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How Residents Worked Together to Showcase Their Art

The Public Library of Johnston County and Smithfield, N.C., needed the community's support to put a complete set of 51 Louis Orr on display.

By Carol Cowan on April 25, 2014

The Public Library of Johnston County and Smithfield includes Louis Orr etchings featuring North Carolina landmarks.
Staff Photographer

The Public Library of Johnston County and Smithfield, North Carolina recently put a long-hidden treasure on display for all to see, but it couldn’t have happened without the support of the community, who came together to raise the needed funds, and the efforts of Mr. John Hobart, who led the charge.

The “treasure” is a rare complete set of 51 Louis Orr etchings featuring North Carolina landmarks, produced between 1939 and 1951. Due to the prohibitive expense of framing, the etchings had been placed in storage after the library purchased them in 1967 for $1,390.50.

Queries from former library board members over the past two years prompted library Director Margaret Marshall to dig out the box and have the etchings appraised. Charlene Newsom, owner of Gallery C in Raleigh and an expert on the works of Louis Orr, valued the collection at $60,000.

While their monetary value increased dramatically over the years, it was the etchings’ cultural and historic value that moved long-time Johnston County resident John Hobart to organize the effort to raise the money to frame and display them.

“The citizens of Johnston County needed to see these historic buildings, mansions, sites, educational institutions, churches, courthouses,” Hobart says. “The idea was to make this hidden treasure available to the people of Johnston County by getting them framed and on display, so people can appreciate their cultural heritage as reflected in these etchings.”

Marshall notes that the long period of storage and preservation of the pristine etchings in acid-free sleeves and an acid-free box was fortuitous, “because by the time we got ahold of them, we had all of these modern technologies and materials at our disposal to frame them and hang them using the UV-protected glass and mattings.”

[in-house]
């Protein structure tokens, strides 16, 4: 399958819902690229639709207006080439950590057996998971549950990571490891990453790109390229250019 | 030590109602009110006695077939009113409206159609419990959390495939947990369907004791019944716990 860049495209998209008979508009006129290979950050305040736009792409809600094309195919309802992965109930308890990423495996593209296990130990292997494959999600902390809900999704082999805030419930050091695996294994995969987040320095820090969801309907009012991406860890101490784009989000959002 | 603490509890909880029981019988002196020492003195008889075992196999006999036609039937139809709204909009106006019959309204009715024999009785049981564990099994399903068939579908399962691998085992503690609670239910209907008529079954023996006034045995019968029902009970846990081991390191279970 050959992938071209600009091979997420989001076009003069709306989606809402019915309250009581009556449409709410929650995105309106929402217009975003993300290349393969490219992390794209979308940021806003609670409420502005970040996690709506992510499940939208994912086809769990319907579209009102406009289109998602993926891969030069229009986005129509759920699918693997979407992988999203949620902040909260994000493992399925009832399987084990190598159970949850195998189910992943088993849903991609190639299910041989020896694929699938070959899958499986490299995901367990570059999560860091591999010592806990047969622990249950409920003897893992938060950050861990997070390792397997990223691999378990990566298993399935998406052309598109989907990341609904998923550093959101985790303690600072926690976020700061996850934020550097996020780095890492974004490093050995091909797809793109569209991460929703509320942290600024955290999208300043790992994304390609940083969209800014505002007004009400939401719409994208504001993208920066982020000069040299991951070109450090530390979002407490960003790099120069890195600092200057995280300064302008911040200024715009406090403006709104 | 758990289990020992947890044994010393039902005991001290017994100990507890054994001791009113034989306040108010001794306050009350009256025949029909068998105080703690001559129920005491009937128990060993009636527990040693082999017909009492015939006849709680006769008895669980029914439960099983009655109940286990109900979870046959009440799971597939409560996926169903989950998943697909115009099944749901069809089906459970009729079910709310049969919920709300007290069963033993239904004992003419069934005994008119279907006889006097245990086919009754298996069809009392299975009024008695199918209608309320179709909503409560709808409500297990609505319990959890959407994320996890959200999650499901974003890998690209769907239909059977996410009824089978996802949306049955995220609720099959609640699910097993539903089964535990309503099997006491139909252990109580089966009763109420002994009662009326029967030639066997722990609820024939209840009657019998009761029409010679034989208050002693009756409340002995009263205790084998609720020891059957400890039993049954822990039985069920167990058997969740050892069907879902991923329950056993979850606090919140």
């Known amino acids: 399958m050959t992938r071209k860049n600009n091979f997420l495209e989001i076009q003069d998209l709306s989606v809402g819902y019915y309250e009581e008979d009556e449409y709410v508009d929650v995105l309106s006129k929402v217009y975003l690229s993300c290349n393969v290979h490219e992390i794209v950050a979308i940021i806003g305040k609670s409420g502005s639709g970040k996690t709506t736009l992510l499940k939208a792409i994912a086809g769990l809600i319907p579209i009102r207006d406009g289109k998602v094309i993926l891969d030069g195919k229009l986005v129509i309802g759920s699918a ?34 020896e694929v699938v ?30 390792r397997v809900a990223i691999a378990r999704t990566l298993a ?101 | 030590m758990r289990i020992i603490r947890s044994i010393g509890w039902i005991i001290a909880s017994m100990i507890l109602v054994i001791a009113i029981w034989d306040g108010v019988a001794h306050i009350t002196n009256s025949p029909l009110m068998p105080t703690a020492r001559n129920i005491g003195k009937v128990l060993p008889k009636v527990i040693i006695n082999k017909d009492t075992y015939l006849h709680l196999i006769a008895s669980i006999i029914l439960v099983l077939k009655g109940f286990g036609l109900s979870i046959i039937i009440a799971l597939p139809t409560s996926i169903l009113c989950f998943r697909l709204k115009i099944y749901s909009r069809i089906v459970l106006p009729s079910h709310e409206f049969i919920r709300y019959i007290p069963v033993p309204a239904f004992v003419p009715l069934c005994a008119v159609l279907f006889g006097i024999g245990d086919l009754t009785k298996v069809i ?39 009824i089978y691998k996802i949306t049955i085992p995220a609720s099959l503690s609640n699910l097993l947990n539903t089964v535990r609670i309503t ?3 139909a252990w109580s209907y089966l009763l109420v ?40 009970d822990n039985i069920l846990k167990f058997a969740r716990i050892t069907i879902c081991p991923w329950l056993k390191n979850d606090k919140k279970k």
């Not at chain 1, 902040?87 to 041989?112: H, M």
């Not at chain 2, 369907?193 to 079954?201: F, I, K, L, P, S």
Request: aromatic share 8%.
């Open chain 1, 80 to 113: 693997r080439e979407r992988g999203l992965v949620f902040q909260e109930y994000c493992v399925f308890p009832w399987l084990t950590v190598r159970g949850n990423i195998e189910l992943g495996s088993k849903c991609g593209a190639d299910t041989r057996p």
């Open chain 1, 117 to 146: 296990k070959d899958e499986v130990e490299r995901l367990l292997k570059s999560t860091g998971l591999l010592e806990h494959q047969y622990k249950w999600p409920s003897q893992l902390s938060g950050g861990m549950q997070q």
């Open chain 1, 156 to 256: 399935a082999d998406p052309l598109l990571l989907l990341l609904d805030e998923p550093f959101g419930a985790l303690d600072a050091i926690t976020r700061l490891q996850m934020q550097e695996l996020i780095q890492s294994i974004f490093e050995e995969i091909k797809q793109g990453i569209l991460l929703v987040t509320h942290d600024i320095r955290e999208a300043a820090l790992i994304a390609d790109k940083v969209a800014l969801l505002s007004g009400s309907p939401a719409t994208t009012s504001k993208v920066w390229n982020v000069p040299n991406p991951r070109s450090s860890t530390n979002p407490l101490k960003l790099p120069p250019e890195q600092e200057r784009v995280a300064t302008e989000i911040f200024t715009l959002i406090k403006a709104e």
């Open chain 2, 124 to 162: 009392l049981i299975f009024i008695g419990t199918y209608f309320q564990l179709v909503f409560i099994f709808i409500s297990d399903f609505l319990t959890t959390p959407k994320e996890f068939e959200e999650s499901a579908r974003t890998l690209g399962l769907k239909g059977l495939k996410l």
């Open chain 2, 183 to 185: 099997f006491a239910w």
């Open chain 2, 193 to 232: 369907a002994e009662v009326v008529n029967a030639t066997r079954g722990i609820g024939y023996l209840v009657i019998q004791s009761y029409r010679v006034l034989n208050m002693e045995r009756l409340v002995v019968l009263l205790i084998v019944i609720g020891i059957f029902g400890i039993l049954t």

Even so, framing would cost upwards of $7,000. The project called for a fundraising campaign, and Marshall already had a full plate.

“As a library director, there are so many things you want to do, but there just aren’t enough hours in the day. So for Mr. Hobart to step forward and say, ‘I’m going to do this for you’ was just wonderful.”

Hobart didn’t solicit support through Kickstarter.com, and he’s probably never heard the trendy term “crowdfunding.” Nevertheless, he managed to raise more than the target amount with the help of a small task force that included James Narron, Wallace Ashley, Michael Creech, Kay Long and Denton Lee, all of whom sent letters and made phone calls to their neighbors and friends.

“I talked to various people in Smithfield and other places in Johnston County and asked them if they would contribute,” Hobart explains. “Some gave as much as $500, and others gave lesser amounts. But we had some significant contributions from various people who thought this was a good idea. And that’s how we raised $9,278.”

In October 2013, the library held a reception for the donors followed by an unveiling of its permanent exhibit, which features 30 of the framed etchings. The collection will be rotated to allow patrons ultimately to see all 51.

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